After a rocky September and October, many cheap Canadian dividend stocks have started to look dirt cheap, and they’re worth picking up, even if you’re in the belief that markets are due to complete a 10% spill to put it officially into a correction. Undoubtedly, there are more than a fair share of bears on Wall Street these days.
While valuations across the board may be a tad higher than historical averages, there are also plenty of value plays out there that are well below historical and industry average multiples. Such deep-value stocks may not be the most exciting places to be, but for those looking to get the most bang from their buck, I think they’re worth checking out.
In Canada, the TSX Index looks rich with neglected value names. So, if a wide margin of safety is what you’re after, check out the following Canadian stocks which look too cheap to ignore, given their promising long-term dividend growth trajectories.
Cascades (TSX:CAS) is a lesser-known tissue product manufacturer with a mere $1.6 billion market cap at writing. The 3.1% dividend yield is bountiful, but nothing to write home about, given the larger number of names out there that boast safe and secure yields well above the 4% or even 5% mark. The stock is down just shy of 4% over this past year on the back of fluctuating input prices. The firm isn’t just your run-of-the-mill toilet paper and paper towel maker, though. Its specialty lies in creating quality tissue products with a considerable amount of recycled fibres. In an era that calls for better ESG ratings from stocks, Cascades shines. The company has a “B” CDP score, meaning the firm has done relatively decent at doing its part to curb emissions.
For a firm that makes good use of recycled fibres, a “B” rating isn’t magnificent by any means. Still, I think that operations and the firm’s trajectory could push the dividend and CDP score much higher over the next few years. For now, dividend investors can appreciate the growing dividend and the stock’s low correlation to the TSX with the near-zero beta (currently at 0.04).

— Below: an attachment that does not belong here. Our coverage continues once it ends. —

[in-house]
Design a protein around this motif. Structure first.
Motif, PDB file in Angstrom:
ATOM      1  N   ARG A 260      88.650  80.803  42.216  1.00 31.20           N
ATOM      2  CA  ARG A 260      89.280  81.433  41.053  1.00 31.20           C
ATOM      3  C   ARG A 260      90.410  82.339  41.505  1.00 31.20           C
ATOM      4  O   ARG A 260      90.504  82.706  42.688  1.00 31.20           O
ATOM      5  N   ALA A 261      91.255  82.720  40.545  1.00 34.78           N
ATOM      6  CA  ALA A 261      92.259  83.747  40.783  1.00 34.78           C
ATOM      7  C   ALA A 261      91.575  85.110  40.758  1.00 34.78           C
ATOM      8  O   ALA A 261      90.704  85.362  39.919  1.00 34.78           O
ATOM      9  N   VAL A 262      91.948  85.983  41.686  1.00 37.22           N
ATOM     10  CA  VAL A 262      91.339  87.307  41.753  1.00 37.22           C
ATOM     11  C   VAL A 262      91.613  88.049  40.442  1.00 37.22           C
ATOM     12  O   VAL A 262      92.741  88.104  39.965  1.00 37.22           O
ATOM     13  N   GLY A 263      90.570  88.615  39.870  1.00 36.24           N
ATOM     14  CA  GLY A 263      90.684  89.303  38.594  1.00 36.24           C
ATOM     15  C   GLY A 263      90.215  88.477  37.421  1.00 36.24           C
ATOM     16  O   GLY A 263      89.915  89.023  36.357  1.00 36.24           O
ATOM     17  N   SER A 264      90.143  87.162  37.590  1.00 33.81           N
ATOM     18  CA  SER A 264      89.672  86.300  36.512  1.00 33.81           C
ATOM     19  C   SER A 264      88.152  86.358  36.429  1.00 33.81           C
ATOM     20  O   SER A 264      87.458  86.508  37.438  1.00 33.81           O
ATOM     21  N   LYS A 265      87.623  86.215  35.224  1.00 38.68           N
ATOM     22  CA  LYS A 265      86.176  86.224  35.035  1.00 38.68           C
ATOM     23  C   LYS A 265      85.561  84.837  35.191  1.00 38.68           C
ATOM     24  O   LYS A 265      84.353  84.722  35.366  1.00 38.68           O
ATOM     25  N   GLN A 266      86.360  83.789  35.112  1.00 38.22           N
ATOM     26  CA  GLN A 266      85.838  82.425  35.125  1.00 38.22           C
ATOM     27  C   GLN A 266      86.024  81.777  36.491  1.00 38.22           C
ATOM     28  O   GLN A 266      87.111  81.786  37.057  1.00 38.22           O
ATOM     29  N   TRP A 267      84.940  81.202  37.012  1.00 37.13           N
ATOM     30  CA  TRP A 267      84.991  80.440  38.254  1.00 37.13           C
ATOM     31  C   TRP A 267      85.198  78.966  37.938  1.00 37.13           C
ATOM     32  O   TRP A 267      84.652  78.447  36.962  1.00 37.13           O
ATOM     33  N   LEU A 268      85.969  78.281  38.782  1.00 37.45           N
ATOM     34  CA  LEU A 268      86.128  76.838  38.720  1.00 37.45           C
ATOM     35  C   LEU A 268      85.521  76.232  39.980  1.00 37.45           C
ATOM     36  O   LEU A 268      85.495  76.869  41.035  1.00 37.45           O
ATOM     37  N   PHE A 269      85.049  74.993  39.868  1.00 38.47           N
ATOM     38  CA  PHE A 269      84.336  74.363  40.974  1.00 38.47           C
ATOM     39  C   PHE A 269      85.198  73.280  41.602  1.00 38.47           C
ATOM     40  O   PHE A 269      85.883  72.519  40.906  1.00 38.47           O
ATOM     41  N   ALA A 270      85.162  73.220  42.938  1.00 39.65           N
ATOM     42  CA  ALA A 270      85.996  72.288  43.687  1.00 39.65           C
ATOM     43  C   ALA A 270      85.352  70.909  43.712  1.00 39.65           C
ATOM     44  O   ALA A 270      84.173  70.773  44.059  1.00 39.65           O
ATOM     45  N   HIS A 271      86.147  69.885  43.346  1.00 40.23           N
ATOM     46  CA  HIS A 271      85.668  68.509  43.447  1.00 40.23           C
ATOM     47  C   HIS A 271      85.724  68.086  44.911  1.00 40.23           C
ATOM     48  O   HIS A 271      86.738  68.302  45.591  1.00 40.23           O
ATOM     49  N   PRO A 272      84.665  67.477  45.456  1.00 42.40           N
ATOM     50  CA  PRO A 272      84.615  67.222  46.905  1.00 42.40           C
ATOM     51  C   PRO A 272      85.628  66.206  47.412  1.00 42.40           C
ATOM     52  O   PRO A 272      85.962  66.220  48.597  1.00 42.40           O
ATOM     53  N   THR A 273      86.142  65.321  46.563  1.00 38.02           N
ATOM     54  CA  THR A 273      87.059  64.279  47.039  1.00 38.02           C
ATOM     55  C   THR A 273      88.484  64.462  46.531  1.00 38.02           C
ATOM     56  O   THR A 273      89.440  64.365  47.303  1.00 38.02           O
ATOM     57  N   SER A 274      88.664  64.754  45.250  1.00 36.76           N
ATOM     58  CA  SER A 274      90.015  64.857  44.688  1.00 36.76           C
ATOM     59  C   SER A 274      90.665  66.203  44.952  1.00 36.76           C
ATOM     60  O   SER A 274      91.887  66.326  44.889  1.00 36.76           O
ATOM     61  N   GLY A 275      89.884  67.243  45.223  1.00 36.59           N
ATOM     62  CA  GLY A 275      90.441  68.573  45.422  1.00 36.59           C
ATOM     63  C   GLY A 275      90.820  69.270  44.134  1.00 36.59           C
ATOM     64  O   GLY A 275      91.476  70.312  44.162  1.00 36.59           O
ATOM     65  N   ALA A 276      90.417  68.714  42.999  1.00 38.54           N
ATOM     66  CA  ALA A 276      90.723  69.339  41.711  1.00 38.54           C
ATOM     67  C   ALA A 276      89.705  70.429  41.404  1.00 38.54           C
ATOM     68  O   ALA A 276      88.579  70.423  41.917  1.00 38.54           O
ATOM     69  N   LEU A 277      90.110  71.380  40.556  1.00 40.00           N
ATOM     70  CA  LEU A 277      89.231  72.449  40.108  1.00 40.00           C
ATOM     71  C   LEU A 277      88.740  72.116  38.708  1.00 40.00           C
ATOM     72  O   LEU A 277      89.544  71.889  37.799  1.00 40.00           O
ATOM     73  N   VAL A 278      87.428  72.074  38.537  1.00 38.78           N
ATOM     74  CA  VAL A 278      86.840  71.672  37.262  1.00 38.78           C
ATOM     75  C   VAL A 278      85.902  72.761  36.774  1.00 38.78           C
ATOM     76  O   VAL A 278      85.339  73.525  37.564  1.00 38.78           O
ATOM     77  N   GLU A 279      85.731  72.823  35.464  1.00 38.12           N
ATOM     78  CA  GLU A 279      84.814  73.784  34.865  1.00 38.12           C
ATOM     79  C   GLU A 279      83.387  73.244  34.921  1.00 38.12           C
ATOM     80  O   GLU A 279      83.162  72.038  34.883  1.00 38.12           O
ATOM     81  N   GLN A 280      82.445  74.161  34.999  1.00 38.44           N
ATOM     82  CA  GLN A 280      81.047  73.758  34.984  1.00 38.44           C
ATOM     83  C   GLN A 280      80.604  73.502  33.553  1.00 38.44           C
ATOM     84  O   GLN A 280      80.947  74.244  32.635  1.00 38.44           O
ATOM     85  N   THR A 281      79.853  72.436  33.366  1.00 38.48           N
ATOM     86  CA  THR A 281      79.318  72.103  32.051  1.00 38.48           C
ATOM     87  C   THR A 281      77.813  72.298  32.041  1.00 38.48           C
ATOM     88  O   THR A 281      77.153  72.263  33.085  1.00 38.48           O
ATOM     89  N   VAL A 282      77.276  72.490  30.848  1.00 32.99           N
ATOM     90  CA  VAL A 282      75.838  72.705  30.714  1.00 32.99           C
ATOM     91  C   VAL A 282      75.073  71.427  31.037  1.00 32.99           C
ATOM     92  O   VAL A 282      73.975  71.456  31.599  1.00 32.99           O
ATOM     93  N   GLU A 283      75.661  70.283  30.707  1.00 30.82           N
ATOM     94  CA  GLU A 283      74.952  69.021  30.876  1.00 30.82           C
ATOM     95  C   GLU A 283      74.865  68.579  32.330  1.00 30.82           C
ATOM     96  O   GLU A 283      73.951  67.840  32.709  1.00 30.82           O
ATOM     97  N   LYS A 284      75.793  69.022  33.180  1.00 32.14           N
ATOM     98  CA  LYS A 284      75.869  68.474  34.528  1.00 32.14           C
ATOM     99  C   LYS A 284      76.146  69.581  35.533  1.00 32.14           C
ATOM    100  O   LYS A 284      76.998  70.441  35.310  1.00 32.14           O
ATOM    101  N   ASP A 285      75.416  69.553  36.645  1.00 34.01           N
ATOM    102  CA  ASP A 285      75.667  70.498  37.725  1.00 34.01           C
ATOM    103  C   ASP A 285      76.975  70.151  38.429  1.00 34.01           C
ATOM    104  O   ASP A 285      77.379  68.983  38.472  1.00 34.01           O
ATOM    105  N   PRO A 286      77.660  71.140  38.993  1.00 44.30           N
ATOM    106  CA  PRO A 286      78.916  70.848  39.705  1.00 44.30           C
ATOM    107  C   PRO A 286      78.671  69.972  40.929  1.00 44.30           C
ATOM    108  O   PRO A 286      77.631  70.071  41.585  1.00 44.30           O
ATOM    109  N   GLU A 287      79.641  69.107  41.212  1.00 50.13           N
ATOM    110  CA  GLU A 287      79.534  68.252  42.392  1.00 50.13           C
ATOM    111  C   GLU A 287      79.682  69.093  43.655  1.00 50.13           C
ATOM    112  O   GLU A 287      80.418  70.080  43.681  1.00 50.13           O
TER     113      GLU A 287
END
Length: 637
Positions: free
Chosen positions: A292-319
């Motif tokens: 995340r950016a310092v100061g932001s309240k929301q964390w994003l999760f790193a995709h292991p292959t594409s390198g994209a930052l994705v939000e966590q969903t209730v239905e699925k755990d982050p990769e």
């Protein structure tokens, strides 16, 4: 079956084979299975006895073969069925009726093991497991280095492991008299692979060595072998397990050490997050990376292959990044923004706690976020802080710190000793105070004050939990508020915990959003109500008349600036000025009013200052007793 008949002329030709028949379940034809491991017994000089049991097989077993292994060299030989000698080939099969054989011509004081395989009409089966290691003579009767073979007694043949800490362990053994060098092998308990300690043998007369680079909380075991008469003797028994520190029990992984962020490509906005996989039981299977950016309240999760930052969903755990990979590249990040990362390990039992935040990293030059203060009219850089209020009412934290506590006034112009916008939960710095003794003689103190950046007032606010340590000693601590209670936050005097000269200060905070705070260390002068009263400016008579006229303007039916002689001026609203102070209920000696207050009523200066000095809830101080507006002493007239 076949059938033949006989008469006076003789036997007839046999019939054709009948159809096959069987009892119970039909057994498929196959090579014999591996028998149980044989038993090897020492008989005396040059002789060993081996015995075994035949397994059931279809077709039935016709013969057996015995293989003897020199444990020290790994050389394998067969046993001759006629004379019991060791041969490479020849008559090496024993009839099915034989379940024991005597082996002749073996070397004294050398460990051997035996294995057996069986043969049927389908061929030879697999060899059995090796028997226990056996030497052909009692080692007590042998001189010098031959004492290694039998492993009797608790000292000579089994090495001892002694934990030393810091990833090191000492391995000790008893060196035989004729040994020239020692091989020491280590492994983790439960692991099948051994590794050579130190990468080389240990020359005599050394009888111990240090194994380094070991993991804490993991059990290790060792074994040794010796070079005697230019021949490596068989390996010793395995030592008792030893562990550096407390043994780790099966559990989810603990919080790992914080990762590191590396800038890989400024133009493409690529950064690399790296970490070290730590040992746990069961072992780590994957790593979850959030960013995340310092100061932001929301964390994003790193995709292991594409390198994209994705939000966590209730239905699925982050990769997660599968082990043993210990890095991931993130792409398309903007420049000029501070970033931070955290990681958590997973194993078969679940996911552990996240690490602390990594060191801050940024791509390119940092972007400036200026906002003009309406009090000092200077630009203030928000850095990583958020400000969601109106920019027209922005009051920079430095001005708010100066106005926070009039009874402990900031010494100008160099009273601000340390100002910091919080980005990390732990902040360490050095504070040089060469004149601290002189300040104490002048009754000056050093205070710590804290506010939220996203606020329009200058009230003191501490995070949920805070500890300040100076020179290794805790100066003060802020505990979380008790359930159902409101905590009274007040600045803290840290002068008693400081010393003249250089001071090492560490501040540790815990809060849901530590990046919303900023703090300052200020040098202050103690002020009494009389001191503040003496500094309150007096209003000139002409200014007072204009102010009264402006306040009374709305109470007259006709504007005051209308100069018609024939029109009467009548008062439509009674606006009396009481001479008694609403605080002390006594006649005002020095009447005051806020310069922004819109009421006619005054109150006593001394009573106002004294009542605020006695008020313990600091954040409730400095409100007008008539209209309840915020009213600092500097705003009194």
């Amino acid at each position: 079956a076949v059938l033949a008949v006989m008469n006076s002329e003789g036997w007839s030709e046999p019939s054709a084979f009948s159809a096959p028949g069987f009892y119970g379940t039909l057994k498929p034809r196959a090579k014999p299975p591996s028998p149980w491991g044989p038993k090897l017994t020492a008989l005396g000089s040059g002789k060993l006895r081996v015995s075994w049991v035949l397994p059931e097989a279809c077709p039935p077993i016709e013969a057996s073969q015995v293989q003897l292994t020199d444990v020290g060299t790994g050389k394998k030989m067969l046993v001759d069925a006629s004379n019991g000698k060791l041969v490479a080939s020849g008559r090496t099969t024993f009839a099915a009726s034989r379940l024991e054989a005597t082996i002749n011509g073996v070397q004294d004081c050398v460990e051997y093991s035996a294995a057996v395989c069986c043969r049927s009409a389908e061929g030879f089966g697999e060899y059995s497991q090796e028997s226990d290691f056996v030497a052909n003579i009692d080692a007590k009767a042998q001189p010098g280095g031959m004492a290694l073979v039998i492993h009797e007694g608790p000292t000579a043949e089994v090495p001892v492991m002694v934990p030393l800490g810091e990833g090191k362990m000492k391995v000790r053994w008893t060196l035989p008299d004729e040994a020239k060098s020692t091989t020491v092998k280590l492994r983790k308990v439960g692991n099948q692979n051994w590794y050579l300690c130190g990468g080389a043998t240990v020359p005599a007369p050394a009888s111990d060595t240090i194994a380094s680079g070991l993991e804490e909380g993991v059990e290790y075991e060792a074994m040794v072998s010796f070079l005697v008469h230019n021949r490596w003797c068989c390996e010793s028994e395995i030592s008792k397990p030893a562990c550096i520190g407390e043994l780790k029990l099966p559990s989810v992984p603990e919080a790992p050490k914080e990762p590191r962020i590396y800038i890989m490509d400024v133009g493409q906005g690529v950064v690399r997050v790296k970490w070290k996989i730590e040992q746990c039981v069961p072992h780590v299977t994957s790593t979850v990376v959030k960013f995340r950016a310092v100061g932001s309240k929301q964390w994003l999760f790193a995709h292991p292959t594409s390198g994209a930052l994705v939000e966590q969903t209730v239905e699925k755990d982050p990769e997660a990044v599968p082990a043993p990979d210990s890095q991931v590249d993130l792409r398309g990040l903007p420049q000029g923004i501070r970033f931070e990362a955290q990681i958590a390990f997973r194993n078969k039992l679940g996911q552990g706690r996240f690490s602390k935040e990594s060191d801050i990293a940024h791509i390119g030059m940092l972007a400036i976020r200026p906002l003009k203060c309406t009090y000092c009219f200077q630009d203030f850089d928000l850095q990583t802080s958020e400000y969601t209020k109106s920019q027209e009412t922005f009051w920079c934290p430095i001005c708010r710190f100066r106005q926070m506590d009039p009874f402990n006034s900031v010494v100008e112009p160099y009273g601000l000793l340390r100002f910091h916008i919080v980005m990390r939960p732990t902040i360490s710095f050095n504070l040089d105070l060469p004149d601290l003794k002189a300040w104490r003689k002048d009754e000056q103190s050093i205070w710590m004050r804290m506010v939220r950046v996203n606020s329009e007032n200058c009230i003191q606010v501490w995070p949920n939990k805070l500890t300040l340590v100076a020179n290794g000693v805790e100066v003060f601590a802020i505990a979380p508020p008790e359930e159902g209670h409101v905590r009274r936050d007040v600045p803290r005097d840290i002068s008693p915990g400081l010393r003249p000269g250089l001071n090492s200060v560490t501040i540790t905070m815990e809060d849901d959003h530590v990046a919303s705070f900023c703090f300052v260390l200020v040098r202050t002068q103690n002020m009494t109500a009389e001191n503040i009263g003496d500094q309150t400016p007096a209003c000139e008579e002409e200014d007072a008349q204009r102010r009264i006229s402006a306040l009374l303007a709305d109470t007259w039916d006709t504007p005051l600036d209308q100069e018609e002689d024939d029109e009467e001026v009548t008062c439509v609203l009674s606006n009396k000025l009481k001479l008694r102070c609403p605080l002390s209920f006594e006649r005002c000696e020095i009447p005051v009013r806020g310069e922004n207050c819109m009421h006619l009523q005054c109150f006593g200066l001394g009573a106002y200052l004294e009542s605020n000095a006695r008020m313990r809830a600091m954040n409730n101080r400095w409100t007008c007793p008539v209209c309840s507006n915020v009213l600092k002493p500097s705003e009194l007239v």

Cascades won’t make you rich. It’s in a boring industry, but with market waters getting rougher, boring ought to be beautiful through the eyes of investors. Finally, at 0.4 times sales, 0.9 times book value, and 10.8 times trailing earnings, CAS stock is likely to be one of the cheapest stocks you’ll come across.
Intact (TSX:IFC) isn’t the cheapest Canadian insurance play out these days, with shares trading at 2.1 times sales and 13.9 times trailing earnings. Not by a long shot. Given Intact has outgrown its peers, with incredibly well-managed property and casualty (P&C) business, IFC is one of the names that’s worth paying a bit more for, given its premium characteristics.
With a knack for topping on earnings, Intact is a known outperformed and is arguably one of the best-in-class non-bank financials in the Canadian markets. Although COVID applied some pressure, as was the case with most other financials, the company has posted a magnificent recovery, as other Canadian insurers struggle to breakout. The recent 7.5% dip in the stock, I believe, is a gift to long-term investors who want steady appreciation and a nice, growing dividend (currently yielding 2%).
To put it simply, Intact still has its fundamentals intact despite last year’s turbulence. And for that reason, it’s a great buy on any weakness.